David Bean, Solutions Group Manager at Mitsubishi Electric, looks at how the digital transformation of pharmaceutical operations is key to more dynamic, agile manufacturing.
Companies in a multitude of sectors are rethinking their approach to manufacturing and adopting strategies driven by ‘smart’ technologies. Factories, for example, are being upgraded with innovative, data-driven technologies that communicate with each other to optimise operations. In effect, industrial automation represents a paradigm shift, where processes and operating conditions are no longer set in stone.
Instead, businesses can leverage real-time data and automated systems to determine process adjustments to overcome variability and maximise end product quality. By intelligently automating their production lines, manufacturers are creating an essential tool that can help them thrive in a competitive marketplace and overcome a wide range of challenges. These include fluctuations in raw materials and their properties, changing market needs and bespoke customer or public health requests.
This new era of manufacturing is also offering significant benefits to pharmaceutical companies, which are traditionally bound by strict and highly regulated process requirements. As such, automation is a key asset for businesses in this sector. Most importantly, data-driven solutions can help manufacturers ensure optimum batch efficiency through improved accuracy of control and immediate response to changes in operating conditions of the process to maximise quality of product. In addition, these technologies can support real-time release testing (RTRT) to speed up the time to market for key medicaments.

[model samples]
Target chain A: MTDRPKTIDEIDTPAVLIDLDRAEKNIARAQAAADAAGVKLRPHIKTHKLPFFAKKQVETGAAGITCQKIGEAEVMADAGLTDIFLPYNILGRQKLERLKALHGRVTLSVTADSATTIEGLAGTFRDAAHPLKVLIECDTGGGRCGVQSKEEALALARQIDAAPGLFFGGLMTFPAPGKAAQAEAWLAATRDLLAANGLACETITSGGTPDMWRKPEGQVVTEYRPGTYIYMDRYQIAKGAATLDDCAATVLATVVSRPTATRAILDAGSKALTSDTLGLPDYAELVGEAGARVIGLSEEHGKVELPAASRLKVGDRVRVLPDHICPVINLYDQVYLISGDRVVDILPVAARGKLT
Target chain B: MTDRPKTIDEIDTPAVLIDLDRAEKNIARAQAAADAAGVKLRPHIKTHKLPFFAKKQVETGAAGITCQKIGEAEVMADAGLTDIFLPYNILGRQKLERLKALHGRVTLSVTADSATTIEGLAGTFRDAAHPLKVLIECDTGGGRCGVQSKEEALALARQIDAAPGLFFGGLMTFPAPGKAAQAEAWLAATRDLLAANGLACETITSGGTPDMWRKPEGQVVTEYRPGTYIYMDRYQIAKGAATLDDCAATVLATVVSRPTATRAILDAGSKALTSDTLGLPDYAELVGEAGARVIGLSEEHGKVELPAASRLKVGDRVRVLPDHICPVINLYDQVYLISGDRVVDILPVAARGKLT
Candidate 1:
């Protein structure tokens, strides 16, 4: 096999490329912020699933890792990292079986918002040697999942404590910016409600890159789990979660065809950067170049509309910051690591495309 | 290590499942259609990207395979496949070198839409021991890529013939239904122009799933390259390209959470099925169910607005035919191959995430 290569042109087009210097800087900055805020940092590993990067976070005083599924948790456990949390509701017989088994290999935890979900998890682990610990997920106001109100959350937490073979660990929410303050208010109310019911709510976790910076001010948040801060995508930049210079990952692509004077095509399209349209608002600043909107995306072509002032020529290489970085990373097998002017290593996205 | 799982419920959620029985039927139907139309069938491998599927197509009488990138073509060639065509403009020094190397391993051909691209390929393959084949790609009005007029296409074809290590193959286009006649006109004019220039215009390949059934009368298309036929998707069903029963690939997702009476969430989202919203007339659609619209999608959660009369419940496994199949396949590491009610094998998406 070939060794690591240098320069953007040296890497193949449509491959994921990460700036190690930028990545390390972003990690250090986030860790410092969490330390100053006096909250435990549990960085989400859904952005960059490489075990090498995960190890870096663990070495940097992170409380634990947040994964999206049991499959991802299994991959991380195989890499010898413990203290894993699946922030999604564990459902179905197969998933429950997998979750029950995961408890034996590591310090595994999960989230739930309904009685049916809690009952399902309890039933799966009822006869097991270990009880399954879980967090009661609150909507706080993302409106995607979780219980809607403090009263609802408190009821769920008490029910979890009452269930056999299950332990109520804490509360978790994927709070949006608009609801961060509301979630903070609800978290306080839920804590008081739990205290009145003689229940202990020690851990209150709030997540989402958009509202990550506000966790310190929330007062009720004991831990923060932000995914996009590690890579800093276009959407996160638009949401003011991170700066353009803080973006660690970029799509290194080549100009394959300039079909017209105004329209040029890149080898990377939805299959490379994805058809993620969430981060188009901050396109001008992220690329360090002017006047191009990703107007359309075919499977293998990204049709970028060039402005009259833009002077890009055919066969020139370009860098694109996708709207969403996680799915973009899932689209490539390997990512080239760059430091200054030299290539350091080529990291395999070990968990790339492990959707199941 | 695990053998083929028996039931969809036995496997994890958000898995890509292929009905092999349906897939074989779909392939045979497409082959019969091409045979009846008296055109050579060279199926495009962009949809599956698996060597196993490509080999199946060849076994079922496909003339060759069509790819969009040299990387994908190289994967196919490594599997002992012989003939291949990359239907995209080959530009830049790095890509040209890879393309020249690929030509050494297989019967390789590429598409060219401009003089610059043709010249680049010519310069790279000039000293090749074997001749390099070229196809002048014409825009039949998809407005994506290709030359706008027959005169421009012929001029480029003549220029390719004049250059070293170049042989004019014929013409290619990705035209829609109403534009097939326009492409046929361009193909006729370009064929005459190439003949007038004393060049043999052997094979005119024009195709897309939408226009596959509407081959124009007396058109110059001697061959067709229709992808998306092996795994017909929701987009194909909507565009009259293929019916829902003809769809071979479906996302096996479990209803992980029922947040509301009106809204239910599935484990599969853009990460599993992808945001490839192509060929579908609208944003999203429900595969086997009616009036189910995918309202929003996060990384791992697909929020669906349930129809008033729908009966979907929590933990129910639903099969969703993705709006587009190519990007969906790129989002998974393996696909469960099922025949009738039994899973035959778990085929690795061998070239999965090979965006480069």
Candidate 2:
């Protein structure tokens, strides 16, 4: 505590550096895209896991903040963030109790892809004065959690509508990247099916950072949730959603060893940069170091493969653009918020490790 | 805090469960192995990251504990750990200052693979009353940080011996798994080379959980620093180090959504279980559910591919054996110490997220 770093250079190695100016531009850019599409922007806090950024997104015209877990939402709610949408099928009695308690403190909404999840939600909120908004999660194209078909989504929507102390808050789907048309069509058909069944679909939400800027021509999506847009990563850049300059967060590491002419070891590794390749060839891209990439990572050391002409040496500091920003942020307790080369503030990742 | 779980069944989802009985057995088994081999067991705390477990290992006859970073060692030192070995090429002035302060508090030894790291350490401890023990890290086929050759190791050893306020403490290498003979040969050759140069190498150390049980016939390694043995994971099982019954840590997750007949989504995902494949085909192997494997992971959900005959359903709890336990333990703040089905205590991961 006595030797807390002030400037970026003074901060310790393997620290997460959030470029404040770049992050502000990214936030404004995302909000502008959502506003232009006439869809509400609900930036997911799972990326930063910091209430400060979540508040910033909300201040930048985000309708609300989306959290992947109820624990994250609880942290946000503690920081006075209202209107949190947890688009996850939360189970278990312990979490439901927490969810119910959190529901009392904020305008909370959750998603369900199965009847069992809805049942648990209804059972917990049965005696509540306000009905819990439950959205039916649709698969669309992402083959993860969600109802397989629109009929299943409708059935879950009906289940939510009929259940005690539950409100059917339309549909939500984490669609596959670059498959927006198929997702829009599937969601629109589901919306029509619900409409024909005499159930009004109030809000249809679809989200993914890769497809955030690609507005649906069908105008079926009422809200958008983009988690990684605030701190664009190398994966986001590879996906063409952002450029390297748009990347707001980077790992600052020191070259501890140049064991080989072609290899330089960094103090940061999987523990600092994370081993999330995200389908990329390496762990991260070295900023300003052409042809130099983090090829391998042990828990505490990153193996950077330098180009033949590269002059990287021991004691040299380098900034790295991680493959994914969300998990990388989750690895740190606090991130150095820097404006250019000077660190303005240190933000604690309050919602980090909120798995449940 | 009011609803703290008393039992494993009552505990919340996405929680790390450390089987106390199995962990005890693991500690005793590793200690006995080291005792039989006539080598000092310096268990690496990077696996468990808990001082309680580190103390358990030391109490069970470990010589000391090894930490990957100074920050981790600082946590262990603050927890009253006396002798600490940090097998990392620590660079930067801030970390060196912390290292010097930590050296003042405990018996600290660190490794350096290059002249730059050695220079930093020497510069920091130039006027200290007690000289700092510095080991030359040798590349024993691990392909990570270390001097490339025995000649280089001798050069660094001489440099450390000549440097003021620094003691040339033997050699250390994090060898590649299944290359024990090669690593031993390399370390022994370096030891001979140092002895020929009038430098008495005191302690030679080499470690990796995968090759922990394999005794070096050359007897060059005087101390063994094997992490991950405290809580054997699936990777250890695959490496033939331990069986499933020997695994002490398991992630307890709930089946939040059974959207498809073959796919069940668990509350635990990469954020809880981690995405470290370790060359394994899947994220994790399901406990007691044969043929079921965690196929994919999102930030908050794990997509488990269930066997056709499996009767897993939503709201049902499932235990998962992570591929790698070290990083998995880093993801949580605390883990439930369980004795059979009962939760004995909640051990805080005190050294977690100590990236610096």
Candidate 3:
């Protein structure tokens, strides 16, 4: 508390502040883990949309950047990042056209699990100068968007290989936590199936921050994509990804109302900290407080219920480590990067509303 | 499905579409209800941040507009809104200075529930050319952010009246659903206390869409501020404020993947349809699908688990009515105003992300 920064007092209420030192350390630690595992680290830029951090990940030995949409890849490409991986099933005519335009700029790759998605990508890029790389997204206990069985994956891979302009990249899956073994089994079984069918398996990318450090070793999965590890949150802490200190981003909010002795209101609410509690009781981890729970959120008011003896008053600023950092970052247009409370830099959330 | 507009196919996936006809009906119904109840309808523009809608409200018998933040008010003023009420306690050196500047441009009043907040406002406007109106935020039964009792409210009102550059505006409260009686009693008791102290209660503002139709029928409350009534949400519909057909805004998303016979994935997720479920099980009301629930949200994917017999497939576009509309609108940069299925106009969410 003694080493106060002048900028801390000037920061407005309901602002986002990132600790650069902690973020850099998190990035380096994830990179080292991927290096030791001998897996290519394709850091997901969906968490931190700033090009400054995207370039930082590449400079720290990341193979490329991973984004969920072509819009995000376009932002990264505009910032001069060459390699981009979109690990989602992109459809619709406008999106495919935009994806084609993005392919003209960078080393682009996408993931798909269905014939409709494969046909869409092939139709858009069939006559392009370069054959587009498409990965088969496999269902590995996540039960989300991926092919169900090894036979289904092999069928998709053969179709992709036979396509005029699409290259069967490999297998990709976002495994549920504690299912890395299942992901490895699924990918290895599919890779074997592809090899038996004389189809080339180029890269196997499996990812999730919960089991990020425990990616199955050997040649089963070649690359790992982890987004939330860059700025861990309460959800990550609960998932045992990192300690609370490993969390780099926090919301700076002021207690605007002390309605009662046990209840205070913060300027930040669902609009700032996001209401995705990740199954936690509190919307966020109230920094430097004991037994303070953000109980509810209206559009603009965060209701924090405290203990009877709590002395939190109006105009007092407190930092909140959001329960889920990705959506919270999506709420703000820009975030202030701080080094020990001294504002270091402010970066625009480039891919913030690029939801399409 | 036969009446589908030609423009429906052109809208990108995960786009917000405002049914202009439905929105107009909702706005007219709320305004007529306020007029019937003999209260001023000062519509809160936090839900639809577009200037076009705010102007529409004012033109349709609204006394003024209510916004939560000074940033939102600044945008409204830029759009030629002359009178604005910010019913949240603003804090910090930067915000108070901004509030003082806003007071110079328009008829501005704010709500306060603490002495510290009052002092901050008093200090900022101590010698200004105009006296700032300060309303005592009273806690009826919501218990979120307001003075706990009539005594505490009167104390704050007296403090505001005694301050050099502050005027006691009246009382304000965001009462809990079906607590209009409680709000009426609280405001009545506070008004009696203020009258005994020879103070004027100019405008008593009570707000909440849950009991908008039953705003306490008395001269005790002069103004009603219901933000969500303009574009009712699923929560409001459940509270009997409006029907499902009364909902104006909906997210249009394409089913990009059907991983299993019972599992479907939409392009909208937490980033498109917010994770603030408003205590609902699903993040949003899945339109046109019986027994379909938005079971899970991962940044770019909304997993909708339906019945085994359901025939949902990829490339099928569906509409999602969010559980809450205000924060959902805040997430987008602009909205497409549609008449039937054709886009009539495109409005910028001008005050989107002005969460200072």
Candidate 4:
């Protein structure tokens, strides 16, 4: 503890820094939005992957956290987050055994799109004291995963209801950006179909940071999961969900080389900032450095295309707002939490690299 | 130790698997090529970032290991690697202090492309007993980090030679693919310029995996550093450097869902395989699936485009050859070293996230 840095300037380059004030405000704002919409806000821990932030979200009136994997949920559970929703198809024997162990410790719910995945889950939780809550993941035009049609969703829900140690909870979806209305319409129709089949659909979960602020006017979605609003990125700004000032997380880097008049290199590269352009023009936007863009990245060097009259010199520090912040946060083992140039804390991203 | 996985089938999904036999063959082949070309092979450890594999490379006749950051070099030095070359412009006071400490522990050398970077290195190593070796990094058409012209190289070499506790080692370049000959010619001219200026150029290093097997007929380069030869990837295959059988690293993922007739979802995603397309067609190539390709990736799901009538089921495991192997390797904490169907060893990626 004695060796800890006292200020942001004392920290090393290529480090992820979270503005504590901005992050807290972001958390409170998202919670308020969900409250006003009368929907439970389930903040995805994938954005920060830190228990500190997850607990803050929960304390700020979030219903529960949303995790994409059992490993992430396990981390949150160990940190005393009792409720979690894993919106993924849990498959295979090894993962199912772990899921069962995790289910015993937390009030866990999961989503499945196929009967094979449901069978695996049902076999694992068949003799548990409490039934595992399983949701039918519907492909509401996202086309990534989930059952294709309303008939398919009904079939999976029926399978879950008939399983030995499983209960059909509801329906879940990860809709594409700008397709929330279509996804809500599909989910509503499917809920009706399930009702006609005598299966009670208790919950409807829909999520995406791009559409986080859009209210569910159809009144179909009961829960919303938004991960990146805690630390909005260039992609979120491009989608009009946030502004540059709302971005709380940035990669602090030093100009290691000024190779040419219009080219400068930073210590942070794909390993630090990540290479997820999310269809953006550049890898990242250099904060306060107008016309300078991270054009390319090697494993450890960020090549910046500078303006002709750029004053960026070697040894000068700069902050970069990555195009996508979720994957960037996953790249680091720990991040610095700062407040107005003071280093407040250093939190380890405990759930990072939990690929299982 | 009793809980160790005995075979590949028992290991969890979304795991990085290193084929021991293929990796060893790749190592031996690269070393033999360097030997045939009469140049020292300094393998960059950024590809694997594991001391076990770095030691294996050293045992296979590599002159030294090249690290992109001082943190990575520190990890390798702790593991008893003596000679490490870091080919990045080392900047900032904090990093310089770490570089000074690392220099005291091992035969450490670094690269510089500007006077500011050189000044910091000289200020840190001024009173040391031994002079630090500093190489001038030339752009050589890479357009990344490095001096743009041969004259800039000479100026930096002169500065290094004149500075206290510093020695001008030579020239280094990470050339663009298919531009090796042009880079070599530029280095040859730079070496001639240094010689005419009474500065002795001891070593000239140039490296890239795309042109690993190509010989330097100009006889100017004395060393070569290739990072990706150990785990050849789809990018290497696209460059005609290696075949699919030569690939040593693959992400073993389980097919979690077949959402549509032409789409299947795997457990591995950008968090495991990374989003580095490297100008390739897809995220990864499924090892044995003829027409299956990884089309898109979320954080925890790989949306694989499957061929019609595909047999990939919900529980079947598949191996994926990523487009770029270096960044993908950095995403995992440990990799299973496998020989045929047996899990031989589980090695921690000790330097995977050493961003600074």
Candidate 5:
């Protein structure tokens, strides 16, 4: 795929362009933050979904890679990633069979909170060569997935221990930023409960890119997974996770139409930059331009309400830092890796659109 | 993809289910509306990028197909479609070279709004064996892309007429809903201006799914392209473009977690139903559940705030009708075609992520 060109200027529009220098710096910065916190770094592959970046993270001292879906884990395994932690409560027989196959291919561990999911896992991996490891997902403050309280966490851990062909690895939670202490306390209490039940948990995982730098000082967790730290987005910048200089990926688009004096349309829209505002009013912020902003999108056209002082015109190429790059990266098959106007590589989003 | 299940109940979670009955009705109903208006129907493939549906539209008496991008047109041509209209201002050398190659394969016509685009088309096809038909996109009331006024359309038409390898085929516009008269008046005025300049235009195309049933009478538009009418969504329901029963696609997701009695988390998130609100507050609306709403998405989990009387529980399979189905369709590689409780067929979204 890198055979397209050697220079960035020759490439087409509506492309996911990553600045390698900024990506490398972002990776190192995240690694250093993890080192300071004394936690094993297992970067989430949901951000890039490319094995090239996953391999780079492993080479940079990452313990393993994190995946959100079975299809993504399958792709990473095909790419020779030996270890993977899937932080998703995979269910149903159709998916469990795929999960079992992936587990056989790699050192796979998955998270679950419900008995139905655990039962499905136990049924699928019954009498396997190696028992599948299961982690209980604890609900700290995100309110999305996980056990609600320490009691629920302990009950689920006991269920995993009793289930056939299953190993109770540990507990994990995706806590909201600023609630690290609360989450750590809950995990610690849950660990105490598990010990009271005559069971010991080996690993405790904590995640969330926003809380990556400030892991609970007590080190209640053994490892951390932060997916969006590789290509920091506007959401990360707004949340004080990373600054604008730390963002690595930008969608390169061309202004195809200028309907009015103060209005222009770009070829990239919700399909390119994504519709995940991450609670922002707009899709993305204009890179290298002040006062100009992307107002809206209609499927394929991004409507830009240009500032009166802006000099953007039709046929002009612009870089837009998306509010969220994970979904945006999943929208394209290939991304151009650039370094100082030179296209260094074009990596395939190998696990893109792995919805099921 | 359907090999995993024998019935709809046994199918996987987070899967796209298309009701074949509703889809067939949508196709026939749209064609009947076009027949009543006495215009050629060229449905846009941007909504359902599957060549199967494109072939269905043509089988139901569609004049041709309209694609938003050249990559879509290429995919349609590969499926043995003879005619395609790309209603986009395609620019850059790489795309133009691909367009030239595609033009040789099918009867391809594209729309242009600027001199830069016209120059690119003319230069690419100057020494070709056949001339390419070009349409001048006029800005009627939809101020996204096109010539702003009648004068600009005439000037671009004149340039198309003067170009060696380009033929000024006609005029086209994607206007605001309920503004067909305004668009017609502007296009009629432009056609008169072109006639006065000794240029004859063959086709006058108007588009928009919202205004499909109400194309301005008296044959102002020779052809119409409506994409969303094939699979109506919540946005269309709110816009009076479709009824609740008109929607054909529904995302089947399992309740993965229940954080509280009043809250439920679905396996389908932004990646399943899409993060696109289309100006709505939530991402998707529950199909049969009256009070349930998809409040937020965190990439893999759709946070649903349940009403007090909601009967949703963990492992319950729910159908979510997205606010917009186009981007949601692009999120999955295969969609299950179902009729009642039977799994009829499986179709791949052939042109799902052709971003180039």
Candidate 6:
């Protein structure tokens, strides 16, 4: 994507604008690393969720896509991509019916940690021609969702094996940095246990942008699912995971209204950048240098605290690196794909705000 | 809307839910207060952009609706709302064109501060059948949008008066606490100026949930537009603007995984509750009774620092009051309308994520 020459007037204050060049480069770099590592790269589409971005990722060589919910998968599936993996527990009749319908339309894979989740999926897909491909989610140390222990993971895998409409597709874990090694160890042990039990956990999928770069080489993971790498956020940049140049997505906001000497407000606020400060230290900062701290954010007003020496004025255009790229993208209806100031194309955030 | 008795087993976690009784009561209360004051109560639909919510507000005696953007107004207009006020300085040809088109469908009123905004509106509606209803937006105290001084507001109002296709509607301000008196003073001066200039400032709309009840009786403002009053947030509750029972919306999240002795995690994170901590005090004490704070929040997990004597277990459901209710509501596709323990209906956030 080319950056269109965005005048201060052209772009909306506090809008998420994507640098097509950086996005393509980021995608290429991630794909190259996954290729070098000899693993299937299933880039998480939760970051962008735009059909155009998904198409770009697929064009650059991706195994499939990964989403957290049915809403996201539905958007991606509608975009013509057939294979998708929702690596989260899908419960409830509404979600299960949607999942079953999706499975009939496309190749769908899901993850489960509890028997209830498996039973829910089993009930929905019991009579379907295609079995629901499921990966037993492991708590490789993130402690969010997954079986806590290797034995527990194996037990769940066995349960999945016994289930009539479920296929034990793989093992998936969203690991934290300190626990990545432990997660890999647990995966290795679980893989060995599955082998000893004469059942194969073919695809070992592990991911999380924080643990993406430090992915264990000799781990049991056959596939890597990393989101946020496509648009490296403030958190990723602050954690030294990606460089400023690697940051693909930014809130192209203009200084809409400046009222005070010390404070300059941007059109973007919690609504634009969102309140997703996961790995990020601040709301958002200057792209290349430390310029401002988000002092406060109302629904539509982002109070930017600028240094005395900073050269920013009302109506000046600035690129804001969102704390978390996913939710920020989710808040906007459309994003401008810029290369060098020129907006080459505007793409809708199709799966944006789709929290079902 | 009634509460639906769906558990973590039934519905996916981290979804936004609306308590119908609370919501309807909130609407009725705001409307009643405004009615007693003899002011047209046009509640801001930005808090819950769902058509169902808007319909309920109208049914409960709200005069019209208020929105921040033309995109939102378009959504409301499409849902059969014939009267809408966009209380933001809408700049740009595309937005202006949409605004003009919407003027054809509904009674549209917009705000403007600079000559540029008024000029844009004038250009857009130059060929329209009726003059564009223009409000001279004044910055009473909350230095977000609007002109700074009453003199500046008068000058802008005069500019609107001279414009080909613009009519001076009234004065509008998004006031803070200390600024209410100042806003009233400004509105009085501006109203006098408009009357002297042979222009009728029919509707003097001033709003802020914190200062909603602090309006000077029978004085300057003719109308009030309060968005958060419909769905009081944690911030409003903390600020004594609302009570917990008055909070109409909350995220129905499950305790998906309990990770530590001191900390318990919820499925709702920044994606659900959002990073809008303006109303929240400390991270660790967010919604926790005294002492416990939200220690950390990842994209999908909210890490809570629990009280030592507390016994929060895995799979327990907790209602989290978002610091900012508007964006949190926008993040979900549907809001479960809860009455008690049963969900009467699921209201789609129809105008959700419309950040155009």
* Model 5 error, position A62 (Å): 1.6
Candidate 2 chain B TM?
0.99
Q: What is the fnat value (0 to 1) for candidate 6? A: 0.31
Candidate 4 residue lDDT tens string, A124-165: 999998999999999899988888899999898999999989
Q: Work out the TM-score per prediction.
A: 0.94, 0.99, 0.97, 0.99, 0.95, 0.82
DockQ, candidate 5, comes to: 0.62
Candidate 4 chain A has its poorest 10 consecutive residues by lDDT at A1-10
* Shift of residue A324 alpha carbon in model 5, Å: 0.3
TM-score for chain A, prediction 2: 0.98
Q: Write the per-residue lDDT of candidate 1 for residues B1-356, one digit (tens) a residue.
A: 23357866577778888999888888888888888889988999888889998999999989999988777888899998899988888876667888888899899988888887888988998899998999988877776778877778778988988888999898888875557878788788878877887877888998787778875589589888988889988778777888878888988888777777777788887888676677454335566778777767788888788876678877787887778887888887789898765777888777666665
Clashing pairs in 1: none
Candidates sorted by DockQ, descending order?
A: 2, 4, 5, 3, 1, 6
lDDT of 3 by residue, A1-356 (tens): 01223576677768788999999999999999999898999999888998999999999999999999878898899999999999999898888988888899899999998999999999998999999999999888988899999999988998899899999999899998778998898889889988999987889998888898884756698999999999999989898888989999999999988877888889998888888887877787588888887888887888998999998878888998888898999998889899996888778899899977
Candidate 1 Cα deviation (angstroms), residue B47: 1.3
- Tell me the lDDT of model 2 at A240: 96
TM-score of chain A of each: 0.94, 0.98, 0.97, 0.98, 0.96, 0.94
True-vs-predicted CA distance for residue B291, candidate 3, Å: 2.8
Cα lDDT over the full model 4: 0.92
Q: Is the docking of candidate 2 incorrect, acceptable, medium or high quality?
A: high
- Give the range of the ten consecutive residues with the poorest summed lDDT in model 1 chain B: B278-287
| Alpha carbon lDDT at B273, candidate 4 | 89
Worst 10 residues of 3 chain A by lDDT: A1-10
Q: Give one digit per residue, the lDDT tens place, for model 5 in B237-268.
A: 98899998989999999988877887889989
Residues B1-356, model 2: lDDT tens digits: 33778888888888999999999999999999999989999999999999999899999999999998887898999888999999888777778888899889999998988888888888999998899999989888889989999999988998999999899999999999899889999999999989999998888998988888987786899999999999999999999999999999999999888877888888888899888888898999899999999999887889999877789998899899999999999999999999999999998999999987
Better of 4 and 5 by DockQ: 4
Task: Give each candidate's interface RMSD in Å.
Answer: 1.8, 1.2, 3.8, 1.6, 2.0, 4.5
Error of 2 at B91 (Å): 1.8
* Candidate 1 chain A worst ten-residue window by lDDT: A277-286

Opening new doors for patient treatments
Ultimately, industrial automation is extremely versatile and can be deployed in various settings within a pharmaceutical enterprise. These can range from R&D to manufacturing, testing, packaging and equipment maintenance.
Automated solutions are also a must for pharmaceutical companies wanting to reach the pinnacle of agile manufacturing, delivering personalised medicine. Also known as precision medicine, these treatments are designed to address the needs and genetic makeup of individual patients. This is achieved using ‘data-hungry’ systems that feed on information to enable the production of customised medicines.
As technology evolves, companies are able to access more and more tools to develop innovative strategies to optimise healthcare and wellbeing. By determining the best approach to automating processes and incorporating modern components in production lines, pharmaceutical manufacturers can become more agile. This, in turn, will maximise flexibility, scalability and responsiveness, ultimately improving competitiveness.
To learn more about how industrial automation can help pharmaceutical manufacturers create agile production facilities, download Mitsubishi Electric’s latest whitepaper ‘Advancing pharmaceutical manufacturing now – Key automation technologies, applications and real-world benefits’: https://gb.mitsubishielectric.com/fa/lp/white-paper-robots-in-pharma-technology-guide
Image 1: Automated solutions are also a must for pharmaceutical companies wanting to reach the pinnacle of agile manufacturing [Source: Mitsubishi Electric Europe B.V.]
Mitsubishi Electric Corporation is a recognized world leader in the manufacture, marketing and sale of electrical and electronic equipment used in industries such as information processing through satellite communications up to industrial technology, energy and mobility.
The company recorded consolidated group sales of 36.7 billion US Dollars* in the fiscal year ended March 31, 2022.
Our sales offices, research & development centres and manufacturing plants are in over 30 countries.
The Factory Automation Business Unit EMEA is a part of Mitsubishi Electric Europe B.V., which has been represented in Germany since 1978 and is a wholly owned subsidiary of Mitsubishi Electric Corporation, Japan.
*U.S. dollar amounts are translated from yen at the rate of ¥221=U.S.$1, the approximate rate on the Tokyo Foreign Exchange Market on March 31, 2022.
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